However out of these trials and results CTI designed a non-surgical calcium therapy for both the tooth involved and the accompanying nasopalatine cyst. The condition of diastema spacing or deviation is solved with nonsurgical Calcium Method of Osteo-Endo-Cystic Therapy. Upon utilizing varied formulae of weekly or monthly applications of timed-release calcium/zinc/ester compounds directly to the infected tissues, without local anesthesia, rapid healing is stimulated. The most critical and unique aspect of the Osseo-Endo-Cystic Therapy is consistent on-site monthly treatments over eight to twelve months or the lesion will not adequately heal. This may seem contrary to the three-month recovery period for the bone. Nonetheless, it is invariable the in this system more recovery time is a dominate consideration. And yet, it would be normal when account is taken of the common clinical finding that after obturation it takes nearly a year for a root canal apex to fully accomplish closure.
Over four decades standard methods were developed, measured and analyzed in to a system based on statistical research from around the world. Soon a practical modality was employed and continually re-evaluated. The healing response is rapid and otherwise uneventlful, therefore the cycle of repetition quickly verified the statistically significance of each method. Since the outset the patient acceptance has been extraordinarily high after commonsense information on the protocol is explained and understood.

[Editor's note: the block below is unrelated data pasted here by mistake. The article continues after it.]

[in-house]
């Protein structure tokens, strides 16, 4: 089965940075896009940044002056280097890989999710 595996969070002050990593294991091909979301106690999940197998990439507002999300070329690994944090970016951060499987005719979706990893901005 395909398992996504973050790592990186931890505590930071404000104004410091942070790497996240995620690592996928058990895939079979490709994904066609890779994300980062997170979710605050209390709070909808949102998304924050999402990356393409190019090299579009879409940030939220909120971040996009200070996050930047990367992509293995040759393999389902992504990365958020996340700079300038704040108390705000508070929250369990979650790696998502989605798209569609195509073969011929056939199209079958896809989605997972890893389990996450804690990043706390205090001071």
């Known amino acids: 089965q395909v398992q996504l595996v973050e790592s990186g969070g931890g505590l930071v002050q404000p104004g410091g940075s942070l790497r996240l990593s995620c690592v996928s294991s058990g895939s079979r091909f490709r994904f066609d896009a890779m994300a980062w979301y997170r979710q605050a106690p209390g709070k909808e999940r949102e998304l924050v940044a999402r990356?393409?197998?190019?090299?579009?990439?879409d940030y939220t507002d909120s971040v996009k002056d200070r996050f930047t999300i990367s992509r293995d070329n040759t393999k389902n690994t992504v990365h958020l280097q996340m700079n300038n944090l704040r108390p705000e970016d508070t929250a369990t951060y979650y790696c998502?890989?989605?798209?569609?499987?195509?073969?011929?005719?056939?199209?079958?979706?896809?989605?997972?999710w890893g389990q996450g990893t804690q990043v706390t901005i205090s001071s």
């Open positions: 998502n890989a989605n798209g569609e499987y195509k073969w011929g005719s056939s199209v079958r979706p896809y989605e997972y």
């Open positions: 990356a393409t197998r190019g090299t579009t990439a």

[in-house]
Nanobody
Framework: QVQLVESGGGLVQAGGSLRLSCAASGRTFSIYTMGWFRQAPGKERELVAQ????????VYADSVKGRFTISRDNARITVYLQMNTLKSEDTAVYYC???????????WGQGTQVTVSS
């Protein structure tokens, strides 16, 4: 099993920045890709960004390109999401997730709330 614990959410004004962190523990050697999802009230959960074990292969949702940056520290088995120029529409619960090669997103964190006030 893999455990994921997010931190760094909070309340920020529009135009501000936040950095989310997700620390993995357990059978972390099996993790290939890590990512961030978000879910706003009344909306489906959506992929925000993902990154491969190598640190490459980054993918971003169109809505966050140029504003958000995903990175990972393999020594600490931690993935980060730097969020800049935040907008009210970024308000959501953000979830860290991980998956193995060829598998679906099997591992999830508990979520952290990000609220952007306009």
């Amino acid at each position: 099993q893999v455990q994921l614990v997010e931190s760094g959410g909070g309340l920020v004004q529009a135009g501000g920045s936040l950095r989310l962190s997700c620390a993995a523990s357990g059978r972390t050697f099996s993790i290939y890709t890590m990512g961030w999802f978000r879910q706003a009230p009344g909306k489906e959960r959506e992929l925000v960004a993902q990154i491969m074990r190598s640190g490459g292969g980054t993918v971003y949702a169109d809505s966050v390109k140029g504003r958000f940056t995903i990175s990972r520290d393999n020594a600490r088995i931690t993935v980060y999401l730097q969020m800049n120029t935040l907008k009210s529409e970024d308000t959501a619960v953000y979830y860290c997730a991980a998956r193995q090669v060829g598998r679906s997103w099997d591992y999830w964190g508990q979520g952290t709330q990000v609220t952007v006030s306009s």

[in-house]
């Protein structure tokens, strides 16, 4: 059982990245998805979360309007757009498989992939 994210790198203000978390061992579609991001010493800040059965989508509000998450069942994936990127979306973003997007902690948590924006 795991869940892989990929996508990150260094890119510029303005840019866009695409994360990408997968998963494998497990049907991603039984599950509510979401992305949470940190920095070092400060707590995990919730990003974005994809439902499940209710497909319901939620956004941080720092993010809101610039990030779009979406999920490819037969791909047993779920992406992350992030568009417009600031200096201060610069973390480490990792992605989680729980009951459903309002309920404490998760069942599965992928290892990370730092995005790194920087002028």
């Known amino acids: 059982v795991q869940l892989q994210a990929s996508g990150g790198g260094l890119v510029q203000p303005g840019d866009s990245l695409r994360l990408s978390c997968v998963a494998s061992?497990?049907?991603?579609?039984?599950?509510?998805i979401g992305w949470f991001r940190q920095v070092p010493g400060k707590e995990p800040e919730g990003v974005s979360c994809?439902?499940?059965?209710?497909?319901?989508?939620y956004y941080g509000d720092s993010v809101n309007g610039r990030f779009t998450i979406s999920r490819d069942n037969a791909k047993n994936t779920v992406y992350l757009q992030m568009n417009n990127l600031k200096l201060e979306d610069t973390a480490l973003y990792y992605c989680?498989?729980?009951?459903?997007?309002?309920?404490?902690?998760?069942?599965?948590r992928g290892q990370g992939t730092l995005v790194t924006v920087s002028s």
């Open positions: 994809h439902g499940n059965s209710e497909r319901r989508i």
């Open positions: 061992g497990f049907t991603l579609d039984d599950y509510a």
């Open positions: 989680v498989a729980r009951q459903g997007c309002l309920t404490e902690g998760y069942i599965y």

A major result of adopting as well as constantly re-evaluating traditional and current thinking about the diastema situation has forced the design of new theories and methods that resolve this complex condition in a commonsense manner. A rather routine example of the protocol is:
- Diagnosis from specific indicators (a diastmea, tooth discoloration, lingual “fat pad” etc)
- Verification ( cold test of centrals, palpation of labial fold, periapical x-ray, root deviation, etc)
- Anesthetic, nonsurgical endodontia on involved central, and initial calcium application
- Monthly subgingival calcium treatments of maxillary anterior quadrant
- Continued calcium treatments for 8 to 10 months, follow indicators, 6-month post-op x-ray
All of the above may vary with each case depending on the patient’s capacity to respond and the ability to listen to them. Here is a perfect example: